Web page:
Marlee Matlin Rocks for the NAD on Capitol Hill and at the FCC
Marlee Matlin, Academy Award winning actress, author, and spokesperson for the National Association of the Deaf (NAD) for accessible broadband services and Internet media, rocked for access on Capitol Hill last week and testified at the Federal Communications Commission (FCC) field hearing on the National Broadband Plan.
On Thursday, November 5, Matlin visited with key legislators on Capitol Hill with NAD representatives and other members of the Coalition of Organizations for Accessible Technology (COAT). Matlin’s meetings highlighted the need to enact the “Twenty-first Century Communications and Video Accessibility Act of 2009” (H.R. 3101) introduced by Representative Edward J. Markey (D-MA), pictured at right.
Matlin met with senior staff of the Senate Committee on Commerce, Science, and Transportation on behalf of the Chairman, Senator John D. (Jay) Rockefeller (D-WV). She also met with Senator Mark Pryor (D-AR) (pictured at right), a member of the Senate Subcommittee on Communications, Technology, and the Internet.
Later in the day, she met with senior staff of Representative Henry A. Waxman (D-CA), Chairman of the House Committee on Energy and Commerce, and senior staff of Representative Rick Boucher (D-VA), Chairman of the House Subcommittee on Communications, Technology, and the Internet. Matlin reconnected with Representative Mary Bono Mack (R-CA) and met with her senior staff, met with Representative Bart Gordon (D-TN) (pictured at right), and Representative Fred Upton (R-MI) (pictured second at right), all members of the House Subcommittee on Communications, Technology, and the Internet. She also met with Representative Cliff Stearns (R-FL) (pictured third at right), ranking member of the House Subcommittee on Communications, Technology, and the Internet.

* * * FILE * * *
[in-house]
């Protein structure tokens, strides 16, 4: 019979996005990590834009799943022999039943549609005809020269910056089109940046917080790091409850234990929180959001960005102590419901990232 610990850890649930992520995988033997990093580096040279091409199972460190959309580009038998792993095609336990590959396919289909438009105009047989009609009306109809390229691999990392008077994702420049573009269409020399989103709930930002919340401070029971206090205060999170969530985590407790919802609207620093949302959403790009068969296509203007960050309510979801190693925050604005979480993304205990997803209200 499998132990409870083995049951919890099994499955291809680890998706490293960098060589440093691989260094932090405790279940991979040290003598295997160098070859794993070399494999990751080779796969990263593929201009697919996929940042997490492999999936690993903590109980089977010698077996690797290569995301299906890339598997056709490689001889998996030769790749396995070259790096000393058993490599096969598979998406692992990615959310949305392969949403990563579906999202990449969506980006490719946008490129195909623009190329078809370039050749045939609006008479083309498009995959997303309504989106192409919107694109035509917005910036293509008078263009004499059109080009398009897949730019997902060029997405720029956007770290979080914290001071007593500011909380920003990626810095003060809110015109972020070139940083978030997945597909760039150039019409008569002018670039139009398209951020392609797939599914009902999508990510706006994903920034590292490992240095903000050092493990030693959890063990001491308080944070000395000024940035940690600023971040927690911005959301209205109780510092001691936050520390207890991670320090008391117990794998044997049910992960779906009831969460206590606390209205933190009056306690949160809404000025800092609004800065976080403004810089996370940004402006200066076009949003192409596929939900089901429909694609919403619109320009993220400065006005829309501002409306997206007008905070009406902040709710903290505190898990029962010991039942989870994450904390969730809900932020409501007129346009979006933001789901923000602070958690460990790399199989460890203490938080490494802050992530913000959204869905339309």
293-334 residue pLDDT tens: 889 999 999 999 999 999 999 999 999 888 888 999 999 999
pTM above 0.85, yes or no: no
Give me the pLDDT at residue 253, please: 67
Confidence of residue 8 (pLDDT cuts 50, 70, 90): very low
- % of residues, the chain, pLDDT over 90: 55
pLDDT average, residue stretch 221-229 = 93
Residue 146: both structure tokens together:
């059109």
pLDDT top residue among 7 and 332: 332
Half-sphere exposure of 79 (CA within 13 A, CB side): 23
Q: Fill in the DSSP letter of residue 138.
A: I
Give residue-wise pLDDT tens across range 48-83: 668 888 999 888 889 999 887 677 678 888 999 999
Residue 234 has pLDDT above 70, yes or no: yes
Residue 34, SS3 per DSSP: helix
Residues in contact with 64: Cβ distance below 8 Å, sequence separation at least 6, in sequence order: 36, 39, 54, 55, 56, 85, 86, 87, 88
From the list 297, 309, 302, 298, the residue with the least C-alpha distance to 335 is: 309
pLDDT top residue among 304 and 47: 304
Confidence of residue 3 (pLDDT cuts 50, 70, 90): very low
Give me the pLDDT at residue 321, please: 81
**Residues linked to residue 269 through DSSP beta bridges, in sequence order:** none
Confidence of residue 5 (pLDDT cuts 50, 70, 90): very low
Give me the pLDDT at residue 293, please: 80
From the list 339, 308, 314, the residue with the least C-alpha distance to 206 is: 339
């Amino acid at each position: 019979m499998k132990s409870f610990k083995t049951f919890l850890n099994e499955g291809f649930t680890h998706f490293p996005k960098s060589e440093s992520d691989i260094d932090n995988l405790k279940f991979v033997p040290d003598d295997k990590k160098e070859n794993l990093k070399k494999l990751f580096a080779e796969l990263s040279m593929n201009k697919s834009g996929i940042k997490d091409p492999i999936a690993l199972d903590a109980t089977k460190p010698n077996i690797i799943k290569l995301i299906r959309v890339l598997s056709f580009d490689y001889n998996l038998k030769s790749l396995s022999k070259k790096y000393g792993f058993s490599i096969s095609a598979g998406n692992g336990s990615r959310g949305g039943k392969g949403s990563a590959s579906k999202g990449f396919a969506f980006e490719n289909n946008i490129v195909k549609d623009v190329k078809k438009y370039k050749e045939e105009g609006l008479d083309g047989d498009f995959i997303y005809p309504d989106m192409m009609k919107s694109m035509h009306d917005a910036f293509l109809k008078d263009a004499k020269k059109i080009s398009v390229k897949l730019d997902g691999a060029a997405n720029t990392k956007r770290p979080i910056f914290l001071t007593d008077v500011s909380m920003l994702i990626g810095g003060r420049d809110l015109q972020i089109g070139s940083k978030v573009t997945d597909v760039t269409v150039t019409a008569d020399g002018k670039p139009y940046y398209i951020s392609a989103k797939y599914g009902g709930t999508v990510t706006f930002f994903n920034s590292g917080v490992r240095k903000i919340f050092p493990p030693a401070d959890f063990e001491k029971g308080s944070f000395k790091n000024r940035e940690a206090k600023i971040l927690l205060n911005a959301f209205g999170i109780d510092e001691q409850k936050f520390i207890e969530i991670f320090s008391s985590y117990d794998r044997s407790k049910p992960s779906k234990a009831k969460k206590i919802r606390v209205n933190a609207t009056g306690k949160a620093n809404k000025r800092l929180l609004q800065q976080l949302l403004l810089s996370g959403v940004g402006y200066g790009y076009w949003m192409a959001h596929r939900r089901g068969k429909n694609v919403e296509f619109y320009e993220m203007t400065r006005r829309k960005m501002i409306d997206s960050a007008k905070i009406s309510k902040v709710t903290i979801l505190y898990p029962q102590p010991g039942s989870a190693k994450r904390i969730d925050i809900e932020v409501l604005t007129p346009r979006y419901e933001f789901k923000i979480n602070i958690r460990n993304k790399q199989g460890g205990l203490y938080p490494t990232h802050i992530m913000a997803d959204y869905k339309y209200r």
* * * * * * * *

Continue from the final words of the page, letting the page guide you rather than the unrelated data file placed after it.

At the end of this exhilarating and exhausting day, Matlin caught up with Representative Markey (pictured at right). In each of her meetings on Capitol Hill last week, Matlin shared her experiences as one of 36 million Americans who are deaf or hard of hearing. No stranger to Capitol Hill, she recounted her testimony before Congress in 1990 about the importance of captioning and the need for a law requiring televisions to be able to decode and display closed captioning. Those efforts were successful and now closed captioning is a familiar part of the television landscape, providing access for millions of Americans. Now, 20 years later, with much of what we see on television with captions being broadcast on the Internet without captions, it seems as if the clock has been turned back 20 years.
Matlin mentioned her inability to watch her own performance on “Dancing with the Stars” when it was posted on the Internet by ABC, along with behind-the-scenes extras, without captions. She expressed her dismay about the lack of captions when Netflix recently streamed the “Wizard of Oz” on the Internet, a movie that inspired her to become an actress and which she worked to get captioned in 1989. Without captions, she was unable to share this special event with her youngest daughter. Most recently, she was unable to follow the live streaming CNN broadcast of the unveiling of the statue of Helen Keller on Capitol Hill because of lack of captions. The irony of these experiences was undeniable.
As a result, Matlin sought support for the “Twenty-first Century Communications and Video Accessibility Act of 2009” (H.R. 3101). This legislation will, among other things, ensure that the ca